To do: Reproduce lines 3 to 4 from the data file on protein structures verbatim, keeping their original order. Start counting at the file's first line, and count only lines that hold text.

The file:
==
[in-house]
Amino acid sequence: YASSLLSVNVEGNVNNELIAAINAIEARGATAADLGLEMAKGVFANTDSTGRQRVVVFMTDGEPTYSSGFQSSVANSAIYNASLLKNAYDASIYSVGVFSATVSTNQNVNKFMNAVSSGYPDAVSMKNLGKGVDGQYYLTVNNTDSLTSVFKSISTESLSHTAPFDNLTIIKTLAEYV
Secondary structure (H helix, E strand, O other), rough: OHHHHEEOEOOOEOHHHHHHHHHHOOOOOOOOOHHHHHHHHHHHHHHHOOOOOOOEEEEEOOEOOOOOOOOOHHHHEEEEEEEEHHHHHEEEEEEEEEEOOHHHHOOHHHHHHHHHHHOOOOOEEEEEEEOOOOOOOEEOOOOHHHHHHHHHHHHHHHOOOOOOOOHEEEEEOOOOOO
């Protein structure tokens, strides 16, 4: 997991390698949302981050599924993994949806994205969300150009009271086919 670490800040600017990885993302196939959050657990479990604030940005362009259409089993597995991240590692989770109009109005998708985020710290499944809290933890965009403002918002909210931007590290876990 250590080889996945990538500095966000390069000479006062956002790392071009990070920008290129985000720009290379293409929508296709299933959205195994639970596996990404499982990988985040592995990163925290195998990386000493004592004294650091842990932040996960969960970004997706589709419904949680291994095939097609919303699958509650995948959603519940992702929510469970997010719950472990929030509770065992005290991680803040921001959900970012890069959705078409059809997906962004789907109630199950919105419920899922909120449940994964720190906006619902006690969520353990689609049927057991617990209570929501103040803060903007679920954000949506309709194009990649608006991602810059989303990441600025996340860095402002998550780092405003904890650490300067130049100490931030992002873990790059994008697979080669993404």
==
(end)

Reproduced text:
Secondary structure (H helix, E strand, O other), rough: OHHHHEEOEOOOEOHHHHHHHHHHOOOOOOOOOHHHHHHHHHHHHHHHOOOOOOOEEEEEOOEOOOOOOOOOHHHHEEEEEEEEHHHHHEEEEEEEEEEOOHHHHOOHHHHHHHHHHHOOOOOEEEEEEEOOOOOOOEEOOOOHHHHHHHHHHHHHHHOOOOOOOOHEEEEEOOOOOO
């Protein structure tokens, strides 16, 4: 997991390698949302981050599924993994949806994205969300150009009271086919 670490800040600017990885993302196939959050657990479990604030940005362009259409089993597995991240590692989770109009109005998708985020710290499944809290933890965009403002918002909210931007590290876990 250590080889996945990538500095966000390069000479006062956002790392071009990070920008290129985000720009290379293409929508296709299933959205195994639970596996990404499982990988985040592995990163925290195998990386000493004592004294650091842990932040996960969960970004997706589709419904949680291994095939097609919303699958509650995948959603519940992702929510469970997010719950472990929030509770065992005290991680803040921001959900970012890069959705078409059809997906962004789907109630199950919105419920899922909120449940994964720190906006619902006690969520353990689609049927057991617990209570929501103040803060903007679920954000949506309709194009990649608006991602810059989303990441600025996340860095402002998550780092405003904890650490300067130049100490931030992002873990790059994008697979080669993404």